The Best And Worst Cities To Sell Your House In Spring 2023

The housing market is notoriously tricky right now. The ebbs and flows can create a challenging housing market that favors sellers in one area and buyers in the next. Hot housing markets tend to have homes snatched up in a matter of weeks, if not days, and may even see bidding wars that drive up the prices. It's not ideal for those looking to purchase a new home, but for anyone who wants to sell theirs, this is a dream situation.

While there may be overall trends in the housing market, most cities or metropolitan areas experience their own bubble of fluctuation. It's important to remember that factors such as demand and interest rates play a role in how long homes sit or get plucked from the market. Cities where there's an influx of buyers, especially when it's an affordable area, are going to see more demand and less time on the market. But the reason why a home is sitting for a long period with no potential buyers can be a little more complicated.

Here's where you should sell

Many homebuyers have been flocking to the Rust Belt and midwest to take advantage of the affordable home prices and cost of living. While these areas still have a lower cost of living than major metropolitan areas, the migration is causing the housing market to pick up. Erie, Pennsylvania, for example, is seeing homes sit on the market for 14 fewer days than this time last year (via The area is affordable, with a median list price of $197,450 as of March 2023, which many buyers find attractive. Combined with a nationwide housing shortage, it's making this area even more in demand.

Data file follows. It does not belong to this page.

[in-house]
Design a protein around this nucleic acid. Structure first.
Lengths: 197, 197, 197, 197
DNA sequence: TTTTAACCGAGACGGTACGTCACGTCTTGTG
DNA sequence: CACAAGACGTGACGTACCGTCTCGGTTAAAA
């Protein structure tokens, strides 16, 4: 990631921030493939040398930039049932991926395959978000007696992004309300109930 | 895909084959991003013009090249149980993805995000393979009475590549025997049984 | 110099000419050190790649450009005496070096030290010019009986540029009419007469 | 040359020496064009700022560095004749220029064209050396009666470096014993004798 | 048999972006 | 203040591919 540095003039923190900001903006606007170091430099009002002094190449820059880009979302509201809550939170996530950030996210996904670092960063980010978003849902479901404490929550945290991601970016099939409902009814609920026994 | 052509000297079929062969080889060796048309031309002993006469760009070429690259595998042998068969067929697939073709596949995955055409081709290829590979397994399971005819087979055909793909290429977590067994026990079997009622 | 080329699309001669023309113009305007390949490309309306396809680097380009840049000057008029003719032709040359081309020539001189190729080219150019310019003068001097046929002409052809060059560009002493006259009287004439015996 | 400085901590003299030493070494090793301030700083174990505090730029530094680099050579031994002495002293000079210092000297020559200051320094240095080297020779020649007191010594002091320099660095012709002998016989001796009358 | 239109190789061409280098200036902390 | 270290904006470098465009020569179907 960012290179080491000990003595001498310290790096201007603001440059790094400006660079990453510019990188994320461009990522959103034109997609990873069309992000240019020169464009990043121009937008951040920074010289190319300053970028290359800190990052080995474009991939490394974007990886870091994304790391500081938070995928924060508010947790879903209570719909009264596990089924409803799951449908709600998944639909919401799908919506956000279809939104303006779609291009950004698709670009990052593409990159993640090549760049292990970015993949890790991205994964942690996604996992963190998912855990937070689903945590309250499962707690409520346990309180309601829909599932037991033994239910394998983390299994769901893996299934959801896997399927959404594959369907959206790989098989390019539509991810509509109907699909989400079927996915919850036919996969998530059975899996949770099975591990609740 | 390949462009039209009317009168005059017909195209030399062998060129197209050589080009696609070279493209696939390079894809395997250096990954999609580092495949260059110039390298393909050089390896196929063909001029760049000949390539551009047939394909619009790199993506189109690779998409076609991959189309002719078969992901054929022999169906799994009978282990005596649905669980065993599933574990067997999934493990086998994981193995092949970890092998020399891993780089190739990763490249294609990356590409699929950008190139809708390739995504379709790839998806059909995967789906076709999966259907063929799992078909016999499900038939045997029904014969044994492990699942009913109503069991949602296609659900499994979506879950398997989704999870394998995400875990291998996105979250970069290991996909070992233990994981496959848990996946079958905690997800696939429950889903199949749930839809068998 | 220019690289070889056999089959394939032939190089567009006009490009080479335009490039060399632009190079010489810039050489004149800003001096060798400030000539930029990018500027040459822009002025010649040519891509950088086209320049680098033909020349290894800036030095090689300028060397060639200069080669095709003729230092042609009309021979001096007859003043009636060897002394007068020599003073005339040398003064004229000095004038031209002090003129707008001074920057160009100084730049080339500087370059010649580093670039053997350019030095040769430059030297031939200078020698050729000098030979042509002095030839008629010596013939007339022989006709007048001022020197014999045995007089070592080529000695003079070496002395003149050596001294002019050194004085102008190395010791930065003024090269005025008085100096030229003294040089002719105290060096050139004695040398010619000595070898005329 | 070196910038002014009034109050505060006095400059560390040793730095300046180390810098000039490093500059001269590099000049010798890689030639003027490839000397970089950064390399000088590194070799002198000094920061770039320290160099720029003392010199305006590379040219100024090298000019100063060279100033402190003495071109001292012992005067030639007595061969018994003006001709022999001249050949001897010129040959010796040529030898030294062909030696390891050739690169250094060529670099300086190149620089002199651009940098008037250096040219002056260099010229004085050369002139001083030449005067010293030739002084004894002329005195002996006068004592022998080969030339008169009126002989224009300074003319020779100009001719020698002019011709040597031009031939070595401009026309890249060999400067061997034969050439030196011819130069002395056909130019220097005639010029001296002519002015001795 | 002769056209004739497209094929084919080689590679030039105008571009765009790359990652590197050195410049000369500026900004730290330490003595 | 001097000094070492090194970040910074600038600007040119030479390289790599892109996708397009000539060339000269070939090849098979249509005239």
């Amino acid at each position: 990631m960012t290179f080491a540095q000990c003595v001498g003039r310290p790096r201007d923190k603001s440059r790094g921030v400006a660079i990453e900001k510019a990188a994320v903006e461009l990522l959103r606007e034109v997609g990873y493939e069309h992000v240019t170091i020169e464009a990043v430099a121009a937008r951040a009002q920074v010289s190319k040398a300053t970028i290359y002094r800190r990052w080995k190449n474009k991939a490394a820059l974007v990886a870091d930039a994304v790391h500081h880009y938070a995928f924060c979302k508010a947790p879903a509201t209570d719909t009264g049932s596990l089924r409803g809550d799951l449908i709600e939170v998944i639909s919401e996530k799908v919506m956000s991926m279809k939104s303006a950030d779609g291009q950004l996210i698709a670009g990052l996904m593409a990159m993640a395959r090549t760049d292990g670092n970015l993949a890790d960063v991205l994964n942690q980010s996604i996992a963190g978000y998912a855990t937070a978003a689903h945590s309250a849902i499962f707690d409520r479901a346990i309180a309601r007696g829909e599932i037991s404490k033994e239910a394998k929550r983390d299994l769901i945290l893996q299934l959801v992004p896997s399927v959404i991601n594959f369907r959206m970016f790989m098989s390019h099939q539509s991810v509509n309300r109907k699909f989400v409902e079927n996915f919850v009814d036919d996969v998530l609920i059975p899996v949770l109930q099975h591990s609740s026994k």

Other cities seeing a similar influx include Traverse City, Michigan and Youngstown, Ohio, where the median list price and days on the market are $486,457 and 59 days and $159,900 and 50 days, respectively. Traverse City's median list price is 15% higher than the national average, most likely due to the wineries, orchards, and beaches that draw many tourists to the area. Youngstown, Ohio had the biggest increase in price of all the other metropolitan areas included on the list, yet home prices are still 60% less expensive compared to the median prices across the country. Even with the price increases that provide a direct benefit to the sellers, home are still considered affordable real estate options that are drawing new buyers to the area.

Selling here is a little trickier

While some areas are seeing an influx of home buyers, others aren't getting quite the same amount of demand. Homes in Huntsville, Alabama are sitting on the market 49 days longer compared to this time last year. Taking an average of 59 days, just a little over the national average, the homes in this area aren't flying off the market. There are also more homes available in the area compared to recent years, creating more inventory for buyers and less competition to drive up prices for sellers. Though the city is 6% less expensive than the national median, sellers are drastically reducing prices to get buyers interested and sell their homes faster.

Chico, California is in a similar predicament; there is a lot of inventory and it's taking double the amount of time to sell. Homes are spending a median of 78 days on the market, an increase of 43 days compared to previous years. And in Raleigh, North Carolina, newly constructed homes are adding to a saturated inventory. New homes are often more sought-after, so selling an older home in this area has proved to be challenging with homes sitting on the market for a median of 53 days. In Hilo, Hawaii and Lebanon, New Hampshire, the rise in prices is the culprit of slower home sales. Median home prices have increased by 11% and 30%, respectively, pricing out many homeowners who, instead, opt to look elsewhere to settle down.